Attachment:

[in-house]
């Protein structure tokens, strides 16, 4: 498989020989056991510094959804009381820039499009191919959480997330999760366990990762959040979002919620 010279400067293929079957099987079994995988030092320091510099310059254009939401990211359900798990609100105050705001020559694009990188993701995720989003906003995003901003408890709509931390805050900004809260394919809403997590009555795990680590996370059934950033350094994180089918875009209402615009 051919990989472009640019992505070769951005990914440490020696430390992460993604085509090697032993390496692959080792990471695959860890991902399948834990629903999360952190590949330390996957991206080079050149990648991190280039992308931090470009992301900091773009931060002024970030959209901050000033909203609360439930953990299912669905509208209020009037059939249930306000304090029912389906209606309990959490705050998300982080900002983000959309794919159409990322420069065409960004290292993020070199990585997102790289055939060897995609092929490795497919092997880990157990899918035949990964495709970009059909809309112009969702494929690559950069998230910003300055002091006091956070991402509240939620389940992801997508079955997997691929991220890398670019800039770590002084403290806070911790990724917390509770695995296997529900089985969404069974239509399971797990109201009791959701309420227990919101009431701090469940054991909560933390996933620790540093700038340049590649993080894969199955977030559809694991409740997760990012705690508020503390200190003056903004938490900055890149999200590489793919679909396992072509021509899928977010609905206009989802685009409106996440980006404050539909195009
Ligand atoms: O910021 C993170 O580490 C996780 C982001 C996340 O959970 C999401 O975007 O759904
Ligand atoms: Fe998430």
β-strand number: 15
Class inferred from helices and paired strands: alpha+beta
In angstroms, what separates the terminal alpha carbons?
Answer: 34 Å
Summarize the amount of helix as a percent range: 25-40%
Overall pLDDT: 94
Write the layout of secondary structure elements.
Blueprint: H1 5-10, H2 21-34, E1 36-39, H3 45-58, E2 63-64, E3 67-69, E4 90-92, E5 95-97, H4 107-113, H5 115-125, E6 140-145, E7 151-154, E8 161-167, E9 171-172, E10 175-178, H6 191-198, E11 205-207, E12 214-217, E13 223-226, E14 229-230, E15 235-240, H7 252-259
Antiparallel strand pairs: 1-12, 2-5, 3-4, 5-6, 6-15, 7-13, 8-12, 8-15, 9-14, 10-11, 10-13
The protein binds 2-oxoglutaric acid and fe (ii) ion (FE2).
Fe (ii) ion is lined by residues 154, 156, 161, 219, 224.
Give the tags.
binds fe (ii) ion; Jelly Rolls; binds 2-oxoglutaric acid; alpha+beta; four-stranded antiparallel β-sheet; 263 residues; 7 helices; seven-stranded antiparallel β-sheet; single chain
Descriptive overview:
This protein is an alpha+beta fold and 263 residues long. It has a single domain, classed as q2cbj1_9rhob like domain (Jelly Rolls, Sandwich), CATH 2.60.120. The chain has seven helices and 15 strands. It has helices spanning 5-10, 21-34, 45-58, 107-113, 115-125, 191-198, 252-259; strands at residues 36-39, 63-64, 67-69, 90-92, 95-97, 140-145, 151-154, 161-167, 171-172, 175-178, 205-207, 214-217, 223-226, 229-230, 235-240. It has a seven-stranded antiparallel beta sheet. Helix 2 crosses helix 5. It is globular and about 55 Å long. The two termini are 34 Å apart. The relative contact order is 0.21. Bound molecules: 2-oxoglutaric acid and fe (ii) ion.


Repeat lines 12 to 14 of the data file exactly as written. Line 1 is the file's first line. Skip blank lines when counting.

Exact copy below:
Blueprint: H1 5-10, H2 21-34, E1 36-39, H3 45-58, E2 63-64, E3 67-69, E4 90-92, E5 95-97, H4 107-113, H5 115-125, E6 140-145, E7 151-154, E8 161-167, E9 171-172, E10 175-178, H6 191-198, E11 205-207, E12 214-217, E13 223-226, E14 229-230, E15 235-240, H7 252-259
Antiparallel strand pairs: 1-12, 2-5, 3-4, 5-6, 6-15, 7-13, 8-12, 8-15, 9-14, 10-11, 10-13
The protein binds 2-oxoglutaric acid and fe (ii) ion (FE2).